Scaling:

  • 27% CD reduction and 40% radius increase from level 1 -> 2.
  • 36% CD reduction and 29% radius increase from level 2 -> 3.
  • 57% CD reduction and 22% radius increase from level 3 -> 4.

The radius increase does not change much with each level, but clearly level 3 to 4 is the biggest value point because the cooldown is decreased by more than 50%, which is when the spell finally becomes spammable. For this reason, you could get 1 point early to have the occasional dodge or long-reach chains, but once you start levelling it you need to stick to it until it is level 4. This definitely means maxing it before getting your second talent. There is no game in which it’s better to grab the level 15 talent while leaving SoF at level 3.

While it’s a very strong spell, it is usually the one you will be maxing last since it’s the only one that doesn’t benefit from your spell amp talent.

Flame Guard

Ember Spirit surrounds himself with a ring of fire that consumes incoming magic damage, leaving him unharmed. Flame Guard deals damage per second in an area around Ember Spirit while Flame Guard is active. If the shield is broken, the damage is also lost.

Cast Time: 0+1.07

Damage Radius: 400

Damage per Second: 30/40/50/60

Magic Damage Absorbed: 50/200/350/500

Duration: 8/12/16/20

Cooldown: 35 Manacost: 80/90/100/110

Important aspects:

  • Flame Guard blocks damage before any reductions. The only exception here is spell immunity, during which it does not block any magic damage.
  • Deals 6/8/10/12 damage in 0.2 seconds intervals, starting 0.2 seconds after cast.
  • Can be dispelled and purged (this includes not only the purge from Diffusal Blade and SD’s ultimate but also the Cyclone from Eul’s Scepter of Divinity, Invoker’s Tornado, and a devoured / dominated purge satyr neutral creep)
  • Cooldown with talent only: 28
  • Cooldown with talent + octarine: 21
  • Cooldown with talent + arcane: 17.5
  • Cooldown with talent + octarine + arcane: 10.5

Scaling:

  • 300% absorption increase and 33% DPS increase from level 1 -> 2.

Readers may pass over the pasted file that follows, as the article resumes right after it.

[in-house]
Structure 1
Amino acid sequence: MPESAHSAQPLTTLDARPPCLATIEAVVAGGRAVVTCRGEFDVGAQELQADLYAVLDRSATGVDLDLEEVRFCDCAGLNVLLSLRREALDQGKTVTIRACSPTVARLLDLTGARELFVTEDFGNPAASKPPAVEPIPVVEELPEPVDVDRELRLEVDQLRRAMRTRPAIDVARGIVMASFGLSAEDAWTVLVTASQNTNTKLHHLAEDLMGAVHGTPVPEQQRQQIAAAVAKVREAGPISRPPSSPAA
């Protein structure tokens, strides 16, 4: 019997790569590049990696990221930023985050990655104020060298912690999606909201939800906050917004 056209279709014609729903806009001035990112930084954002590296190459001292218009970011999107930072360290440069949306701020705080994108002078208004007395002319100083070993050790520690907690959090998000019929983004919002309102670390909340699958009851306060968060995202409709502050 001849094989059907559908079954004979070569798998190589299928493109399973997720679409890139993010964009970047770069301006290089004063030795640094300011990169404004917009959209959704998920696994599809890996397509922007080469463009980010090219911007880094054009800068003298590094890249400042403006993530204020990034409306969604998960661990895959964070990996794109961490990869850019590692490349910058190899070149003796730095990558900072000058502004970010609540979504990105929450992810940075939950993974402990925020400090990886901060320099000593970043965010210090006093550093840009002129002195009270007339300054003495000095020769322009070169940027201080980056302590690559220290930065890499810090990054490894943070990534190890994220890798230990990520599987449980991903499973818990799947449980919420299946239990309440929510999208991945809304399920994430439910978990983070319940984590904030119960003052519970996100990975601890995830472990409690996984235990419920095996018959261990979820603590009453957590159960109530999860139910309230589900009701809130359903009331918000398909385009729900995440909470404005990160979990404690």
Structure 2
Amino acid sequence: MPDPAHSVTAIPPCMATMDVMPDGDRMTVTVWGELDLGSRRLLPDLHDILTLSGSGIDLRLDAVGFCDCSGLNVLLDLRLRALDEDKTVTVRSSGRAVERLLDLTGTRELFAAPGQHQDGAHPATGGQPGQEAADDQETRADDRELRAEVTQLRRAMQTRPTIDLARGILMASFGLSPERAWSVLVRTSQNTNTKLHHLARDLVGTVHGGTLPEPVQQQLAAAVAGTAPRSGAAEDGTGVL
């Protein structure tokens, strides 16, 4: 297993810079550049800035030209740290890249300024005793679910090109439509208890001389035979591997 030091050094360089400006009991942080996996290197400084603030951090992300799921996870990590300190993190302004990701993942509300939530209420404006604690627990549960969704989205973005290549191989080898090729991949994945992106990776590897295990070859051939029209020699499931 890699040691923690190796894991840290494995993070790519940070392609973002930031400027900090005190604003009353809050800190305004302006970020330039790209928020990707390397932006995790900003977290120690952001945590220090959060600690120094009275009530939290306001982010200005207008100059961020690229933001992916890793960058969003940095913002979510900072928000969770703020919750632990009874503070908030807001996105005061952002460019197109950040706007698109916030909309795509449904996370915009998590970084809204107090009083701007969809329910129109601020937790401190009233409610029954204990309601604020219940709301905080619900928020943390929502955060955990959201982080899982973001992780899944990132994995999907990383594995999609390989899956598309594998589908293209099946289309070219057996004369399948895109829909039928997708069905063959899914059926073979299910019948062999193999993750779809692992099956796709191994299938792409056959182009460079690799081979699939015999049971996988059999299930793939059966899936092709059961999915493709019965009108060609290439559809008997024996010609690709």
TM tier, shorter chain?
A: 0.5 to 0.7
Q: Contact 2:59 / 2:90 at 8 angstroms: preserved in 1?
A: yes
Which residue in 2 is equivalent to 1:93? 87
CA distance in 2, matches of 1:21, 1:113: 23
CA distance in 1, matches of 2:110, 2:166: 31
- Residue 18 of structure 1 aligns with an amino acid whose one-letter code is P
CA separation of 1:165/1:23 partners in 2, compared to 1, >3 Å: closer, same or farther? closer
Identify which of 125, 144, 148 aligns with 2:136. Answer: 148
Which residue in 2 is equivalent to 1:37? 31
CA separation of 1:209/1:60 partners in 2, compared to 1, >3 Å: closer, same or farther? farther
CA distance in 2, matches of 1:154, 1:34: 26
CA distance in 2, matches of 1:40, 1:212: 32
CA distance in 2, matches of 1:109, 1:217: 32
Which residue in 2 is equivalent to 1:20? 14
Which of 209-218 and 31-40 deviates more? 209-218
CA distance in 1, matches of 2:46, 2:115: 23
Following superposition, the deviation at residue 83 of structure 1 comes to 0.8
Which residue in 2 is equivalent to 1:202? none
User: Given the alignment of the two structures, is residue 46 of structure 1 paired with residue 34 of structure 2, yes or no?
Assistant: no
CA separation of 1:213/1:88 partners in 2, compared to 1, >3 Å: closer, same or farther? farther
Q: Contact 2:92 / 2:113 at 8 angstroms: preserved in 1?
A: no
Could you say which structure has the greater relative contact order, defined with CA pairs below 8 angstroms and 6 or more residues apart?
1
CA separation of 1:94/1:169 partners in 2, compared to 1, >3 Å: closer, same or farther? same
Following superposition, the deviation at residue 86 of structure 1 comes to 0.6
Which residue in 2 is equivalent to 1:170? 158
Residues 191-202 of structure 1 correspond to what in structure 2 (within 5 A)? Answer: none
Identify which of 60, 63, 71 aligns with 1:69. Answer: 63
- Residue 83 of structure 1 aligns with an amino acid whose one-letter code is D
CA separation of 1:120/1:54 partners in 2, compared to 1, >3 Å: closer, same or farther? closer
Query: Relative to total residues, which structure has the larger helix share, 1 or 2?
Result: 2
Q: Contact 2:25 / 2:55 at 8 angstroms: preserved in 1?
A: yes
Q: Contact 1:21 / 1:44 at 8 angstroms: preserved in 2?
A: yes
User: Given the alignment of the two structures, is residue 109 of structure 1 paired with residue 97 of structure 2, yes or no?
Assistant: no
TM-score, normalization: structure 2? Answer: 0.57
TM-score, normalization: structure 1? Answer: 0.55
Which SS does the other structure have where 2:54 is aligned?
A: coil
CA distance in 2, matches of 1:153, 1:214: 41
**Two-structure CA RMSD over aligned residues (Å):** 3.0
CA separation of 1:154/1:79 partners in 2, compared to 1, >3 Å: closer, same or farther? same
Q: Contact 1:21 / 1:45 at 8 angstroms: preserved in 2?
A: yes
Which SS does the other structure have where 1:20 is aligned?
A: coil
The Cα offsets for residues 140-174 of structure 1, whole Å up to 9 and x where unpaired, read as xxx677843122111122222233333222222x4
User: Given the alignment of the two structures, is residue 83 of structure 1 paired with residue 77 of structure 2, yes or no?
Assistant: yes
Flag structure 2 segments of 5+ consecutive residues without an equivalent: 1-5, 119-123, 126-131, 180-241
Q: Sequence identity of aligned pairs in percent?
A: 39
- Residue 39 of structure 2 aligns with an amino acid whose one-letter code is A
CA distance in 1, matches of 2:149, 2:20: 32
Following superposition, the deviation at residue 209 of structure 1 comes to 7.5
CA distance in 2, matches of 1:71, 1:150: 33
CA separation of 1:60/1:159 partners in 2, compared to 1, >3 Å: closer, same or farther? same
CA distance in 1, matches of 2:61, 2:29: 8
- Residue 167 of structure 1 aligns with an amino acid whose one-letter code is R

• 75% absorption increase and 25% DPS increase from level 2 -> 3.
  • 43% absorption increase and 20% DPS increase from level 3 -> 4.

Something that is immediately apparent is the huge increase from level 1 to 2, meaning again that you definitely want at least two points in this spell, pretty much always by level 4-5. After that, it highly depends on the enemy heroes. The main reason to level this spell up is not to deal more damage because as shown it scales poorly, but rather to make sure the shield stays up and does not get nuked down. If you’re up against a lot of physical damage, it’s often a good idea to keep the shield at level 2 or 3 and max out your other spells first. If you’re up against big nukes, you want the shield maxed so that it does not drop to one dragon slave or one lightning bolt. However, keep in mind that the duration also scales, so if you have a very early pair of BoT’s and are planning to do a lot of split-pushing, you need level 4 of this spell so that you can reliably clear 2 waves with it and not just 1.

Fire Remnant

Ember Spirit generates Fire Remnant charges every 35 seconds, with a max of 3 charges. Releasing a charge sends a Fire Remnant that runs to the target location at 2.5x Ember Spirit’s speed. Using Activate Fire Remnant, Ember Spirit can dash out to his Remnants, exploding them for area of effect damage. The targeted Remnant will be arrived at last.

Cast Time: 0+0.53

Cast Range: 1500

Max Charges: 3

Charge Replenish Time: 35

Remnant Duration: 45

Important aspects:

  • Ember Spirit gets all 3 charges immediately upon learning Fire Remnant
  • Fire Remnants move to their targeted location at a speed of 250% of Ember Spirit’s movement speed. The speed is set upon cast and does not adapt.
  • Since Fire Remants last for 45 seconds and the replenish time is 35 seconds, it is possible to have 4 (5) remnants up on the map at a time.